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    Member .338-06's Avatar
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    Quote Originally Posted by Fishkill View Post
    I never mastered the proper shovel technique, but took right to the gun.
    This is funny! I've NEVER been able to use a gun without busting a clam, it's ditch diggn' for me!

  8. #8

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    I think the mistake most inexperienced shovel clammers make is trying to use the shovel for the whole job. The technique I've used since I was taught as a little kid is after one or two scoops it's "dig with the hand until you feel the neck, then grasp the shell a little further down and slowly pull it up". Continued shovel work either breaks the one you're after or one you didn't know was there and ended up on top of. I know some who only dig with their hand, "bearpaw" style, and are very successfull at it. I have never used a gun in my life so I can't comment on how they work. I've found there's about as many techniques as there are people doing it.

  9. #9

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    How long will the clams live in a salt water bucket and how long does it take for them to purge the sand out of their system?

  10. #10
    Member Bullelkklr's Avatar
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    Default not sure

    not sure on the razors - I have kept little necks and butters for 4 days - swapping the water out daily.

    Clam guns are the only way that I will clam razors.

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    Default in buckets

    We actually use a large cooler with fresh water and corn meal. The cooler helps keep the water cold. The clams are almost all still alive after about 4 hours, which is 3-4 water and corn meal changes, and then we start cleaning them.

  12. #12
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    Default Mentioned necks and diggers....

    but what about the bodies (like two little filets)? Alternative to canning the necks: throw them in a blender with ritz crackers and eggs, puree then make sure they are stiff enough (adjust crackers or eggs) and make into clam cakes and fry, yummy!

    About those shovels, you never need to dig with them....so easy, just push backwards shovel into the sand a couple inches behind the clam dimple, and pull the handle towards you to lock the clam from digging down. Keep the shovel tight as you kneel down, then pull the shovel out as you quickly slide your free hand down the shovel slot, feel for the clam, and pull it out. Takes a few seconds for each clam when you get good. Those blue or even better the black nitrile faced gloves (fit tighter, more flexible) save your skin!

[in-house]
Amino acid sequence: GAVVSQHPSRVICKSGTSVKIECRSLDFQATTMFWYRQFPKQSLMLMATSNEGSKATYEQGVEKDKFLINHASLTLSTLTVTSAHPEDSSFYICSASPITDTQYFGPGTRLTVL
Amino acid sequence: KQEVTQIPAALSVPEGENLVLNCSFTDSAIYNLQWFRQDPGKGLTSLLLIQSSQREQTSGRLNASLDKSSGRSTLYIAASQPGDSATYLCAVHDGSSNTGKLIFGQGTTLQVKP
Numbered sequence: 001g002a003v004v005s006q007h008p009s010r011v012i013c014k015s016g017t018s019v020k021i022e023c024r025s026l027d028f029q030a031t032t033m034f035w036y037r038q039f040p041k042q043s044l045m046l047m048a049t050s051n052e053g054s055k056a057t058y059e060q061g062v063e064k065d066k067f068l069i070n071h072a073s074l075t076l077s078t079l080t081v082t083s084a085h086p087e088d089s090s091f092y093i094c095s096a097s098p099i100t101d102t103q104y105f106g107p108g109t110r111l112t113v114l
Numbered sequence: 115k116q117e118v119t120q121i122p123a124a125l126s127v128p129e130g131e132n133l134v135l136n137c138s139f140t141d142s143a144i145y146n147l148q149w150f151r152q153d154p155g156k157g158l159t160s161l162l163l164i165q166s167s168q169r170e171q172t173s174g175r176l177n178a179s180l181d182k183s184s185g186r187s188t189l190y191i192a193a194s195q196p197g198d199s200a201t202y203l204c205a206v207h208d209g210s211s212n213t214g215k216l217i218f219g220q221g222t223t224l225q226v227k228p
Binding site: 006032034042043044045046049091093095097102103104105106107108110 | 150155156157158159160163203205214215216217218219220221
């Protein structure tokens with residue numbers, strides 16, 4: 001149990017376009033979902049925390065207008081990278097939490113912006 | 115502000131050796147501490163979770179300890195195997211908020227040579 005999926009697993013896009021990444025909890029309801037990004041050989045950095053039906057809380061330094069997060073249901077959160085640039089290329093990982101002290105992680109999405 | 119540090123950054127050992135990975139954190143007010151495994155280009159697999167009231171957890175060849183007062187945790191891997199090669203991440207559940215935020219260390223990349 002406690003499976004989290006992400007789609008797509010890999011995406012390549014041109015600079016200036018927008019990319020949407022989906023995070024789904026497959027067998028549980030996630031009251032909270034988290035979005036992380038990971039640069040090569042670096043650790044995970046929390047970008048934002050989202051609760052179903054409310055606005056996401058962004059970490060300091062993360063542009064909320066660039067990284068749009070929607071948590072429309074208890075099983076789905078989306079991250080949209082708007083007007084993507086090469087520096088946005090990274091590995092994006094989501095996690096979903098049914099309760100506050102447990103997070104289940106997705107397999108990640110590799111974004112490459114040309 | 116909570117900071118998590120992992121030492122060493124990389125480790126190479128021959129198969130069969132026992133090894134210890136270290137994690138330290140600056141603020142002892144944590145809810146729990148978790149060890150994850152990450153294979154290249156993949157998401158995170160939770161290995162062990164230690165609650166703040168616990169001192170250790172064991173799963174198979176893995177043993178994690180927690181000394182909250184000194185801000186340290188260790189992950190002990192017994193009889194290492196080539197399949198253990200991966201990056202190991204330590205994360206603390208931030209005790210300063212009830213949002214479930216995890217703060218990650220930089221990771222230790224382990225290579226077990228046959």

There are a couple of great razor clam cleaning videos using scissors on youtube...

  13. #13
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    Just got back from Nilnichik a few hours ago. The clamming was good. Not a lot of people and plenty of clams. Just make sure you have your fishing license when you are down there. I watched a state trooper site several people tickets in the parking lot. The clamming should only get better as the weekend goes on. The tide receides a little more each day and today's tide was -2.5 or something like that.
    "A dog has no use for fancy cars or big homes or designer clothes. Status symbol means nothing to him. A waterlogged stick will do just fine." Marley and Me

  14. #14
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    Default Ninilchik clamming

    The wife digs em by hand. I gave up the shovel for the gun. They now make a gun that has a small tube that runs parallel to the main tube. It allows air to flow down and under the clam tube so there is virtually no resistance to your uplift of the gun. I used one a couple yrs ago. Wish I could get my hands on one. ( I had borrowed a neighbors.) Easiest way I ever saw.
    Anyhow, good posts by all above. ---Don't take the limit and make sure u have your license. Troopers checking intensely.

  15. #15
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    Quote Originally Posted by Cap'n Ron View Post
    but what about the bodies (like two little filets)? Alternative to canning the necks: throw them in a blender with ritz crackers and eggs, puree then make sure they are stiff enough (adjust crackers or eggs) and make into clam cakes and fry, yummy!

    About those shovels, you never need to dig with them....so easy, just push backwards shovel into the sand a couple inches behind the clam dimple, and pull the handle towards you to lock the clam from digging down. Keep the shovel tight as you kneel down, then pull the shovel out as you quickly slide your free hand down the shovel slot, feel for the clam, and pull it out. Takes a few seconds for each clam when you get good. Those blue or even better the black nitrile faced gloves (fit tighter, more flexible) save your skin!

    There are a couple of great razor clam cleaning videos using scissors on youtube...
    Excellent post Cap'n Ron. The body of a razor is excellent eating also. We have a nickname for this part but for this family orientated site we'll call it the "zipper" 'cause it also looks like a zippered pouch that is about half zipped. If you split that in half (finish opening the zipper with scissors or a knife and continue through the body) you will have the product for clam strips. Dip those into a batter (I use eggs) and then dip into either crushed crackers, cornmeal, or whatever suits your tastes and then fry in a pan of hot oil, you will have, IMO, the best part of a razor clam. I love making chowder later on, but fresh clam strips are the best part I think.
    Also you are right about "digging" razors with a shovel. There's no reason to dig - just follow Cap'n Ron's instructions on how to use a shovel correctly and you'll save yourself a LOT of effort and pretty much never break another shell!!